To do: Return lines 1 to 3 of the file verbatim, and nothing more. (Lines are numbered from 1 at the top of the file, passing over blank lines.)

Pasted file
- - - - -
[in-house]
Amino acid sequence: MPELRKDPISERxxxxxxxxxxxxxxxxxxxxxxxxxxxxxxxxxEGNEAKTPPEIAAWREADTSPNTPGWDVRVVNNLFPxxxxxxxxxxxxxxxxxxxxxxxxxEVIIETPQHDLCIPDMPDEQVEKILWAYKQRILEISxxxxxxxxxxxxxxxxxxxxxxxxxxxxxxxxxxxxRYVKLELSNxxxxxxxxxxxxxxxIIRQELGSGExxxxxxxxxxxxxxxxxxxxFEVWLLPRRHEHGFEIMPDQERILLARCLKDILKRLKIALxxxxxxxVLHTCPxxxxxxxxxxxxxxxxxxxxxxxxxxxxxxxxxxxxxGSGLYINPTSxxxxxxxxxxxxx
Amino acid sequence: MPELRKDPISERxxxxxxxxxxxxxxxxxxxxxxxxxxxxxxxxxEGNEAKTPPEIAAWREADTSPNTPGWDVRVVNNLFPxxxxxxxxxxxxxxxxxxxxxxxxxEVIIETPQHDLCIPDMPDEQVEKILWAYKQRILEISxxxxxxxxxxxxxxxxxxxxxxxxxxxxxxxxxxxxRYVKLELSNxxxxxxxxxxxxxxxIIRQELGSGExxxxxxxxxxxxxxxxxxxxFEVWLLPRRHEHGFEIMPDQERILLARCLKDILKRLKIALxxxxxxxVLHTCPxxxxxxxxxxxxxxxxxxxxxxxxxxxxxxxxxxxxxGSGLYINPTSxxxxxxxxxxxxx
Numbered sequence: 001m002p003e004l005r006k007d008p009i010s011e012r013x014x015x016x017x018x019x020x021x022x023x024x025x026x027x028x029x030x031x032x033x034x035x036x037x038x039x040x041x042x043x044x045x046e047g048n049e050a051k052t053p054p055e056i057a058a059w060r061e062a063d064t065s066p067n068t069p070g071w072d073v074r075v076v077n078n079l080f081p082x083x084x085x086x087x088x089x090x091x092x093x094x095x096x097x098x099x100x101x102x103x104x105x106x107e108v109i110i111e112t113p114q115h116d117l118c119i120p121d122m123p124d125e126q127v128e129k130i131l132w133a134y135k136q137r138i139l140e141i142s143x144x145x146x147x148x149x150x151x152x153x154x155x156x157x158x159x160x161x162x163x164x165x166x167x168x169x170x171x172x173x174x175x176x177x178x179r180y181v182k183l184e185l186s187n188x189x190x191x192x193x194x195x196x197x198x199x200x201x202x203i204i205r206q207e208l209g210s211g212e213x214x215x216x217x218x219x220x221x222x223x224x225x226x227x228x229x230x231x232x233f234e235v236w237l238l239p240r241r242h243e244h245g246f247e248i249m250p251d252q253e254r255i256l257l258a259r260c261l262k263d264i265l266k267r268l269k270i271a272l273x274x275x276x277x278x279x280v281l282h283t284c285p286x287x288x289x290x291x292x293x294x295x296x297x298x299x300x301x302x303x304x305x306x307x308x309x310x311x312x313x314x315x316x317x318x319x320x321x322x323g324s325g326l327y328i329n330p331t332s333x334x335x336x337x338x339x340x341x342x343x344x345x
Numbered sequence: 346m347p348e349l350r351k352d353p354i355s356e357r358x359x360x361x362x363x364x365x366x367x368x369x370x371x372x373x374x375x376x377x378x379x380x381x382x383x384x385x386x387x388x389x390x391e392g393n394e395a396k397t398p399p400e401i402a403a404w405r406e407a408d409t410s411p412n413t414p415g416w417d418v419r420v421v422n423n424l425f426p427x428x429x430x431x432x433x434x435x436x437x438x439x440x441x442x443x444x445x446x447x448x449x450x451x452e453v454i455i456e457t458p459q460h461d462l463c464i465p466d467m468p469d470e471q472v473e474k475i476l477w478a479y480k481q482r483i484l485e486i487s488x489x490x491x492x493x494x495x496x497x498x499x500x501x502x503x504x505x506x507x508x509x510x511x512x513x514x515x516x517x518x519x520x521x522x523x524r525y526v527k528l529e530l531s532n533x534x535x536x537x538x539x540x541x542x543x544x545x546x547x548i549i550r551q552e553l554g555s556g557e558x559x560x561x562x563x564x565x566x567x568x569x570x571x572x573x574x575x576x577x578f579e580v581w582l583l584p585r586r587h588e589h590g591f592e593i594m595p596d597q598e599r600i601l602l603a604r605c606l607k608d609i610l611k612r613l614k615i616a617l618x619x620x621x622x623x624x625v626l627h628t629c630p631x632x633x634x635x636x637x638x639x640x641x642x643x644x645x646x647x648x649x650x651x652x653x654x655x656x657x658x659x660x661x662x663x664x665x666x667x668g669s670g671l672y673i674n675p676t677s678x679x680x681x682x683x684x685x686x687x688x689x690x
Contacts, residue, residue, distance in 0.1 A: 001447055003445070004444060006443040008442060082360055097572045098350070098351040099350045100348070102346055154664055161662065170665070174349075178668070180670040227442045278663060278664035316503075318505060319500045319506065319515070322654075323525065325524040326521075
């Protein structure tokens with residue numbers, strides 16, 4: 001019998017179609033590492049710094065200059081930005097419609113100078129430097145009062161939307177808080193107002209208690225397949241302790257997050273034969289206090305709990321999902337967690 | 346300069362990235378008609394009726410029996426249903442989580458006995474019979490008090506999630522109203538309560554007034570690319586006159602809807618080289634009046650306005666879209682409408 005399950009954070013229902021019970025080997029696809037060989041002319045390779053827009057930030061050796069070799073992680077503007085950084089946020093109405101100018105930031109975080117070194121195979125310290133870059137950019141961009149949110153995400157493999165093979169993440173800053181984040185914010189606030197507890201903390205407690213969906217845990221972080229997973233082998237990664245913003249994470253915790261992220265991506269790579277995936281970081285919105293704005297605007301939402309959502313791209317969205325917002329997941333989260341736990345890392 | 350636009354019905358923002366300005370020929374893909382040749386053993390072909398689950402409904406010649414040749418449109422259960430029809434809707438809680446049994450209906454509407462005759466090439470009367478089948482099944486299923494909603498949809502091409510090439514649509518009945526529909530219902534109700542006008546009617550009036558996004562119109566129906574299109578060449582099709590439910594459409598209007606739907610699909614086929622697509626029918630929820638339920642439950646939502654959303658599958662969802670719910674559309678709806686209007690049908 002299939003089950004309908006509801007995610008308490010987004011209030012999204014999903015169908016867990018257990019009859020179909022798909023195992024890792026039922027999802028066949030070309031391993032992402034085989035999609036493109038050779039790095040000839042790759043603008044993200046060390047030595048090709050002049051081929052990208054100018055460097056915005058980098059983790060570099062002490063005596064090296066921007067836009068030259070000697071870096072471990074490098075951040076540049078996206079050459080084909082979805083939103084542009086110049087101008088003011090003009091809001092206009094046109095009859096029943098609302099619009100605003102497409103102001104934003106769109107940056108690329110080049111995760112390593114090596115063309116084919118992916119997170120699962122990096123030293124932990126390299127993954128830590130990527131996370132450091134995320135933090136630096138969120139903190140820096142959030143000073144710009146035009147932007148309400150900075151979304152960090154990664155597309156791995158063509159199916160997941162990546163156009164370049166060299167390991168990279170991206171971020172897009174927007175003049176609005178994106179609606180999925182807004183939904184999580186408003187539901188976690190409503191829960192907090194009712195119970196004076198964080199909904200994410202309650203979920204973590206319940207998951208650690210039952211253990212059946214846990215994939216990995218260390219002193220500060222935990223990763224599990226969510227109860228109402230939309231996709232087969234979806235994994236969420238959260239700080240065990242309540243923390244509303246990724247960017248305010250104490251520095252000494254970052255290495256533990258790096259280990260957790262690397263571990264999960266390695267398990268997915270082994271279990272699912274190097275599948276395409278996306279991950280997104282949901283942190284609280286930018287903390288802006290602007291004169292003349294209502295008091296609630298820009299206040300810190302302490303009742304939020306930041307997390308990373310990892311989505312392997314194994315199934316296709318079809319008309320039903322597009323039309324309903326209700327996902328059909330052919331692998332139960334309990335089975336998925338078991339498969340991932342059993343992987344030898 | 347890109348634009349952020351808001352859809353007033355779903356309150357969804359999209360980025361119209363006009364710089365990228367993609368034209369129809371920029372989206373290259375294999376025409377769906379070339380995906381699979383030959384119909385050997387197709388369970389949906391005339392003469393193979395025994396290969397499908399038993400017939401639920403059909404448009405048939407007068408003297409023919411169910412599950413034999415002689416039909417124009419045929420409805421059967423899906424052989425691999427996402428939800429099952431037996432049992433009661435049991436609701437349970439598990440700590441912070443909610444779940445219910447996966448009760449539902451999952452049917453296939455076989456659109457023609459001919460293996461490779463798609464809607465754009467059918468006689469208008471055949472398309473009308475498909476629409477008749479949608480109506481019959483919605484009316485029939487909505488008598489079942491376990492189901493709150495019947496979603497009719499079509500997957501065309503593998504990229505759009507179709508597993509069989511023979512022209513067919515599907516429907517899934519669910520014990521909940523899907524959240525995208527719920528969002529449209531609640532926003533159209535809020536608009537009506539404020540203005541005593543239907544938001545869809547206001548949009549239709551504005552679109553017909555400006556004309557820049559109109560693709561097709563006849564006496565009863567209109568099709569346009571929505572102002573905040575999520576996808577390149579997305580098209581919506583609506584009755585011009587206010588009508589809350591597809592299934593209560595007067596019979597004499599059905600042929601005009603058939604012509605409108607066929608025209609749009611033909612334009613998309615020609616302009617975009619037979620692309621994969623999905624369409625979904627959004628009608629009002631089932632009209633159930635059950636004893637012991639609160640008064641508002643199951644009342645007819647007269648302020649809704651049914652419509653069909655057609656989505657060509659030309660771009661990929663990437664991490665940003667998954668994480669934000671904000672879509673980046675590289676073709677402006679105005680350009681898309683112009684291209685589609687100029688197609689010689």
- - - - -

[in-house]
Amino acid sequence: MPELRKDPISERxxxxxxxxxxxxxxxxxxxxxxxxxxxxxxxxxEGNEAKTPPEIAAWREADTSPNTPGWDVRVVNNLFPxxxxxxxxxxxxxxxxxxxxxxxxxEVIIETPQHDLCIPDMPDEQVEKILWAYKQRILEISxxxxxxxxxxxxxxxxxxxxxxxxxxxxxxxxxxxxRYVKLELSNxxxxxxxxxxxxxxxIIRQELGSGExxxxxxxxxxxxxxxxxxxxFEVWLLPRRHEHGFEIMPDQERILLARCLKDILKRLKIALxxxxxxxVLHTCPxxxxxxxxxxxxxxxxxxxxxxxxxxxxxxxxxxxxxGSGLYINPTSxxxxxxxxxxxxx
Amino acid sequence: MPELRKDPISERxxxxxxxxxxxxxxxxxxxxxxxxxxxxxxxxxEGNEAKTPPEIAAWREADTSPNTPGWDVRVVNNLFPxxxxxxxxxxxxxxxxxxxxxxxxxEVIIETPQHDLCIPDMPDEQVEKILWAYKQRILEISxxxxxxxxxxxxxxxxxxxxxxxxxxxxxxxxxxxxRYVKLELSNxxxxxxxxxxxxxxxIIRQELGSGExxxxxxxxxxxxxxxxxxxxFEVWLLPRRHEHGFEIMPDQERILLARCLKDILKRLKIALxxxxxxxVLHTCPxxxxxxxxxxxxxxxxxxxxxxxxxxxxxxxxxxxxxGSGLYINPTSxxxxxxxxxxxxx